On the basis of the experience gained, suggestions were developed which Thünen scientists have published in specialist journals (Sustainability article). One of our employees also applied her long experience to the measurement of harvest losses in practice (English paper available).
Modern technology supports the safe and hygienic processing of food - but sometimes it also makes mistakes.
Incorrect machine settings and inadequate warehouse logistics can contaminate, pack poorly or damage food during or immediately after production. The best before and use by date are also an important factor in the supply relationship between producers and retailers.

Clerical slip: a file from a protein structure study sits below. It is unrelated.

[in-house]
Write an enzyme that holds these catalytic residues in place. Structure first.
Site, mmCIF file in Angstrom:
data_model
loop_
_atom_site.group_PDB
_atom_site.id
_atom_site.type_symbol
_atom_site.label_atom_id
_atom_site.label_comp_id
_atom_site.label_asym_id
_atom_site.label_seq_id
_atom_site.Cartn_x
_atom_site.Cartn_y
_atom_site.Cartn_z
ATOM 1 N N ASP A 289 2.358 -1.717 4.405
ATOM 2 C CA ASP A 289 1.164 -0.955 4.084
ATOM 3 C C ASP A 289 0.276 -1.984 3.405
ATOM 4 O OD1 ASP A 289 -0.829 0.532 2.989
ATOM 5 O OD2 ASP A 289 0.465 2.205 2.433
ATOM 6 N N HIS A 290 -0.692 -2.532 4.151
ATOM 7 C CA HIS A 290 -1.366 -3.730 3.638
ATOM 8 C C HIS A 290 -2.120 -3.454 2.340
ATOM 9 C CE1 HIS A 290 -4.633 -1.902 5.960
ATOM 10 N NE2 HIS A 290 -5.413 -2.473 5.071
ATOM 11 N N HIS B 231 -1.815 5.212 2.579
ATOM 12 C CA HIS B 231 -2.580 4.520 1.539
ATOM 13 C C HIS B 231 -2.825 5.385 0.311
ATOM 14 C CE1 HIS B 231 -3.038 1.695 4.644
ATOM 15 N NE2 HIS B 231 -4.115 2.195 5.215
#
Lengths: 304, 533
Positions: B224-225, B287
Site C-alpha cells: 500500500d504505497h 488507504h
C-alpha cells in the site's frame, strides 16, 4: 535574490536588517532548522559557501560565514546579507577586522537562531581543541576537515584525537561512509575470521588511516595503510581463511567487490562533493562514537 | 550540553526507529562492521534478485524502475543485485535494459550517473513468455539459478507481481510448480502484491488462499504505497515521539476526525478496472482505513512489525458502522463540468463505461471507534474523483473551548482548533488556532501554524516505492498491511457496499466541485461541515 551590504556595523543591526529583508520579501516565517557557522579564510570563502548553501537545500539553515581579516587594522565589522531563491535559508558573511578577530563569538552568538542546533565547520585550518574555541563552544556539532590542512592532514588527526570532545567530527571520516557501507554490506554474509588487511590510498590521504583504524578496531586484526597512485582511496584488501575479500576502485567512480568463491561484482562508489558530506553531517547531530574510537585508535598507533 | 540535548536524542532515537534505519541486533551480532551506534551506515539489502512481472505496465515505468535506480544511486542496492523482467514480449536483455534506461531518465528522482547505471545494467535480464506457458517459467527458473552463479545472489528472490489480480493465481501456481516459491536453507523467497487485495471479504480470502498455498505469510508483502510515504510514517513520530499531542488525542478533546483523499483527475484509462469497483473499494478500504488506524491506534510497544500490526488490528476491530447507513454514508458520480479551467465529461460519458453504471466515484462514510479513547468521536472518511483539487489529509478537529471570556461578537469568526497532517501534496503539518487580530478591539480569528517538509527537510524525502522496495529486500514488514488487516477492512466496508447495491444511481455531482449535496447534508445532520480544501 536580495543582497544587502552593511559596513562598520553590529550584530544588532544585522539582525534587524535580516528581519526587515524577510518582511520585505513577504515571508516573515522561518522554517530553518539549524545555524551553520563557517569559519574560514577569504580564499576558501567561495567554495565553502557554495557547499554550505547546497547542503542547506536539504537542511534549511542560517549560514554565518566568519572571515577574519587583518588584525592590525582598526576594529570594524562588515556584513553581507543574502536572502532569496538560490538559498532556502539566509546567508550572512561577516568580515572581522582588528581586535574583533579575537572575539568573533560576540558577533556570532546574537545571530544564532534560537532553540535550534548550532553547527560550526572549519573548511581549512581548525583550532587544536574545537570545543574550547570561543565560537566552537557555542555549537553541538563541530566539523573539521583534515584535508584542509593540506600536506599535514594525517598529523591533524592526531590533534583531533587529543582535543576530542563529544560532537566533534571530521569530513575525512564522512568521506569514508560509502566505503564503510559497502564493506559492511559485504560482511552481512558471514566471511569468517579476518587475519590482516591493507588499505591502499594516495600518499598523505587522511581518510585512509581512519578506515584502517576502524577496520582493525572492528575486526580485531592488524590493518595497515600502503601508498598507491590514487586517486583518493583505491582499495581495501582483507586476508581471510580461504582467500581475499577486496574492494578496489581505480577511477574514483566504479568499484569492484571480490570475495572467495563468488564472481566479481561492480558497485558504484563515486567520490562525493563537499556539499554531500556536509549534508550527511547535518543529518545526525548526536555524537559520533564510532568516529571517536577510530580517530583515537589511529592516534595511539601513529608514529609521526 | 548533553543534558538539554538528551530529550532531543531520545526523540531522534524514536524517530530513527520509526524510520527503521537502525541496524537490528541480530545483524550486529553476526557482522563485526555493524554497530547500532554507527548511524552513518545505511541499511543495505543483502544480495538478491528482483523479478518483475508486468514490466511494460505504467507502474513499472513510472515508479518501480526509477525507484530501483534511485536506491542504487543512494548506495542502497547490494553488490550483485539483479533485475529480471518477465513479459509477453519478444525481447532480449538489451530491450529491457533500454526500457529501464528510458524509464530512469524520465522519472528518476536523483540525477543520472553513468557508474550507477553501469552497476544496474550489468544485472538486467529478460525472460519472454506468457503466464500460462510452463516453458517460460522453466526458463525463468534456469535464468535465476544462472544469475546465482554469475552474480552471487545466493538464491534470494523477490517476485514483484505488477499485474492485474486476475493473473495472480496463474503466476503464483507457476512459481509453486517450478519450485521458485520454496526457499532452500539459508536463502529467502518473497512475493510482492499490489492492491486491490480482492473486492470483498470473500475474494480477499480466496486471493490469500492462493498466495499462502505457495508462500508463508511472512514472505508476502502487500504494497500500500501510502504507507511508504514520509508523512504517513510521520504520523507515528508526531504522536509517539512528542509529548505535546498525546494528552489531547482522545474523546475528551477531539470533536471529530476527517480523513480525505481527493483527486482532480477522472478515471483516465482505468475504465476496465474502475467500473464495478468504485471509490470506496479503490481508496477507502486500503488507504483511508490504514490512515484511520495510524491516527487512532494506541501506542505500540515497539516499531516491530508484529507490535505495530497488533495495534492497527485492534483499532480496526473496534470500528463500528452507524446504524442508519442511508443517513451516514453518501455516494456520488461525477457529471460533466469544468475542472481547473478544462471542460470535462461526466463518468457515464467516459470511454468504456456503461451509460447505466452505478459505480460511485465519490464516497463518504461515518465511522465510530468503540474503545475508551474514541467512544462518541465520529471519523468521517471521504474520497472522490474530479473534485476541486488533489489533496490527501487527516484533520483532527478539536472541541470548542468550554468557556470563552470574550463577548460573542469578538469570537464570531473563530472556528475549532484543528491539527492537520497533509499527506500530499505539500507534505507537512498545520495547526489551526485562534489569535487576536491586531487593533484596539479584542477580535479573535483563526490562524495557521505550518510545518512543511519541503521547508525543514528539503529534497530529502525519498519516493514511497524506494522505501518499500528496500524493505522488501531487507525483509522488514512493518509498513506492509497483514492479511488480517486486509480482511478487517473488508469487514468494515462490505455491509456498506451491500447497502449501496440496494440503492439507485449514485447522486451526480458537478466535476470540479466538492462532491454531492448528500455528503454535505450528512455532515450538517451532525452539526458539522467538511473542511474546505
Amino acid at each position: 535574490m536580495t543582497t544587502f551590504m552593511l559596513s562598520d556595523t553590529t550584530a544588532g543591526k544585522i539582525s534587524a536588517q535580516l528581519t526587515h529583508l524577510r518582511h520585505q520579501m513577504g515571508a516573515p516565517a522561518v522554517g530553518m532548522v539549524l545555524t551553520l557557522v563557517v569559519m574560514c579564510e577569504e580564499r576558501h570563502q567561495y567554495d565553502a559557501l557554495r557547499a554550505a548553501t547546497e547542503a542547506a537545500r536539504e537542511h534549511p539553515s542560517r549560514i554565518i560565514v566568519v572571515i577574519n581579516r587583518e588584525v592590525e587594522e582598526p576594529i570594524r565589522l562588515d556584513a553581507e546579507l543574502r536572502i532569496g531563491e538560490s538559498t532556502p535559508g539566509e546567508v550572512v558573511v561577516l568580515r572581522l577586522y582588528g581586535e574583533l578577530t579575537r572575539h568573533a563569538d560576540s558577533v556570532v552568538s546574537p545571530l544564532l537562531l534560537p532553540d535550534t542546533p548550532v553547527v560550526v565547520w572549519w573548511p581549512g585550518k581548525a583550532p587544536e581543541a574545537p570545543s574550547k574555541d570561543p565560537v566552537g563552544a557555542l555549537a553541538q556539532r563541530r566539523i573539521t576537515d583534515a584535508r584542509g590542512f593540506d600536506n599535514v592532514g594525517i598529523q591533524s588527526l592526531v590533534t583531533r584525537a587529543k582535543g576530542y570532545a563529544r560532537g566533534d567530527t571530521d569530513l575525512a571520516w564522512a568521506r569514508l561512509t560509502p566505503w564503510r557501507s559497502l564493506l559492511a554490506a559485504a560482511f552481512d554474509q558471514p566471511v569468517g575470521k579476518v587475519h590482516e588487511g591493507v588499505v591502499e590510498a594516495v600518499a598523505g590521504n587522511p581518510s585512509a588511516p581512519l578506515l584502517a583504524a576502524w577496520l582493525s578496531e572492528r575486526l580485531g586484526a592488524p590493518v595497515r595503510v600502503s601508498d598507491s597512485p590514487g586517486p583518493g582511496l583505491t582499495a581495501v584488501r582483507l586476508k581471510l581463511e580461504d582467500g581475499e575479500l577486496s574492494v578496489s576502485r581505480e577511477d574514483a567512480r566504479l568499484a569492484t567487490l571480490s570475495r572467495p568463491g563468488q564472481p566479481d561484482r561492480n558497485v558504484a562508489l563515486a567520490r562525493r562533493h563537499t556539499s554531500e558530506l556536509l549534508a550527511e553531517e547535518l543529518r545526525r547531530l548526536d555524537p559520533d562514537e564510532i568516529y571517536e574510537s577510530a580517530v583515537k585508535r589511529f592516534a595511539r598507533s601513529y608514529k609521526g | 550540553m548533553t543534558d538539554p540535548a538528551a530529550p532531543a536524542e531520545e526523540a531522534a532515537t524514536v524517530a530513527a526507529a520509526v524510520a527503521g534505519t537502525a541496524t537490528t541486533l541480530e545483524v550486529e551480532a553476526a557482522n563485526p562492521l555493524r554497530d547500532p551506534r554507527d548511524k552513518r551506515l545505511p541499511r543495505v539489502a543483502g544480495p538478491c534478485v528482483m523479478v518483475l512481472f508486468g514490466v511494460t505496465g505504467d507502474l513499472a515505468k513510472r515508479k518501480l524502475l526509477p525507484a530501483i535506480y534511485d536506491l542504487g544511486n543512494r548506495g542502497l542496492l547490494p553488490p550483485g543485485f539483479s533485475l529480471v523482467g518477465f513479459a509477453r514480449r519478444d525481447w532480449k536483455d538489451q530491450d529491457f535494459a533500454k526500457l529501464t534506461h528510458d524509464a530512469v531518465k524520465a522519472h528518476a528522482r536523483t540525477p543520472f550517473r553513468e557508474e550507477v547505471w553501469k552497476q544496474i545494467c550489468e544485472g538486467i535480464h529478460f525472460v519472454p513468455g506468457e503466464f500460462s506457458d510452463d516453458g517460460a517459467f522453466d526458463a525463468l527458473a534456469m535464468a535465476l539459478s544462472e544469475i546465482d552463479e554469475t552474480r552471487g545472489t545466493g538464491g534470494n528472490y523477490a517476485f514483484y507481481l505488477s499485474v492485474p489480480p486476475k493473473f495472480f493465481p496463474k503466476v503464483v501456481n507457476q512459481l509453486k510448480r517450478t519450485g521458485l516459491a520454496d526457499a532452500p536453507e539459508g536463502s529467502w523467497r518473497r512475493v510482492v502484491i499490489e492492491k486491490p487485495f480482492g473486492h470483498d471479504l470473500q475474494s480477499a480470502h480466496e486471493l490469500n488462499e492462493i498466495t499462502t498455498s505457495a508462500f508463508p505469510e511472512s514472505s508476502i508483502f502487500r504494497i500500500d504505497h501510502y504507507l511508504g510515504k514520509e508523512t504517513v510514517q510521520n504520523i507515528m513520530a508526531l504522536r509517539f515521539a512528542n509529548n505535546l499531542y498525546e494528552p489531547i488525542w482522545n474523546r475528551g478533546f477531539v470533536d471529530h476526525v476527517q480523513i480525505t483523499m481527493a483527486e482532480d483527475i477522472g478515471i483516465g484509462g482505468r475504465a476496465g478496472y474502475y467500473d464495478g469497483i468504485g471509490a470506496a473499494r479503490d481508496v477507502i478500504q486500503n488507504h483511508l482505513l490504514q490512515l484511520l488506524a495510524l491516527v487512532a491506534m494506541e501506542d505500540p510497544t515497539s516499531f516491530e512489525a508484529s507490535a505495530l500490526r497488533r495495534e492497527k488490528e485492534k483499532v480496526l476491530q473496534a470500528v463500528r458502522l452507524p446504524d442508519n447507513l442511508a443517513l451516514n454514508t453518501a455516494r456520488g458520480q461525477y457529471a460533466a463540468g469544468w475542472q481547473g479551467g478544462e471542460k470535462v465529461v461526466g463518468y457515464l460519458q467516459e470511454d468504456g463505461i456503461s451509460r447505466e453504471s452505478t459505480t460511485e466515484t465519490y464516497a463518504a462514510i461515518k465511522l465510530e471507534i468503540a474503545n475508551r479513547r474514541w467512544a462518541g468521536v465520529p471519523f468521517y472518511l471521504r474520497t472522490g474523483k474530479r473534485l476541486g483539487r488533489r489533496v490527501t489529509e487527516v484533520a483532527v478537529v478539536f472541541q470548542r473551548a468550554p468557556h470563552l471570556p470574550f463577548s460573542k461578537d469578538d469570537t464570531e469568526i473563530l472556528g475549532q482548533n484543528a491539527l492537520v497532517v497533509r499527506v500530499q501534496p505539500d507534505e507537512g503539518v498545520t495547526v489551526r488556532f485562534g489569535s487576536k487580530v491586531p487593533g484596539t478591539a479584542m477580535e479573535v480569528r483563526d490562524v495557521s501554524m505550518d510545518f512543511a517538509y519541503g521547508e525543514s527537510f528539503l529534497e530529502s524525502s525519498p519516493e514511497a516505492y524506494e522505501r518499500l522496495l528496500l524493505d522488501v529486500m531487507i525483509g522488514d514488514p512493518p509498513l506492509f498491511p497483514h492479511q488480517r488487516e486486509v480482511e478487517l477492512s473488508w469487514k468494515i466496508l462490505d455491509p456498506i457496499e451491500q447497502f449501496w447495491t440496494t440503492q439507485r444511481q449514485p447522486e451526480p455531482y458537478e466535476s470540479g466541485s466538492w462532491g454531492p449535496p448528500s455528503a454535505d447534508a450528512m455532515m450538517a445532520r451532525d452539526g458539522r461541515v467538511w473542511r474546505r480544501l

The best-before date set by the producer must cover the entire period between production, the producer's storage and the delivery to the retailer, the storage on the supermarket shelf and the purchase and consumption by the consumer. In the first third of this period, the producer should deliver the goods to the retailer. If the producer puts too much goods in stock and does not sell them to the trade in time, the latter usually does not accept the goods anymore.
The affected foods, which, depending on the product group, still have weeks (e.g. dairy products) or months (e.g. frozen products, beverages) to reach the best-before date, are therefore considered unsaleable. Most of them are disposed of but are now also donated to social institutions - as can be seen in the photo.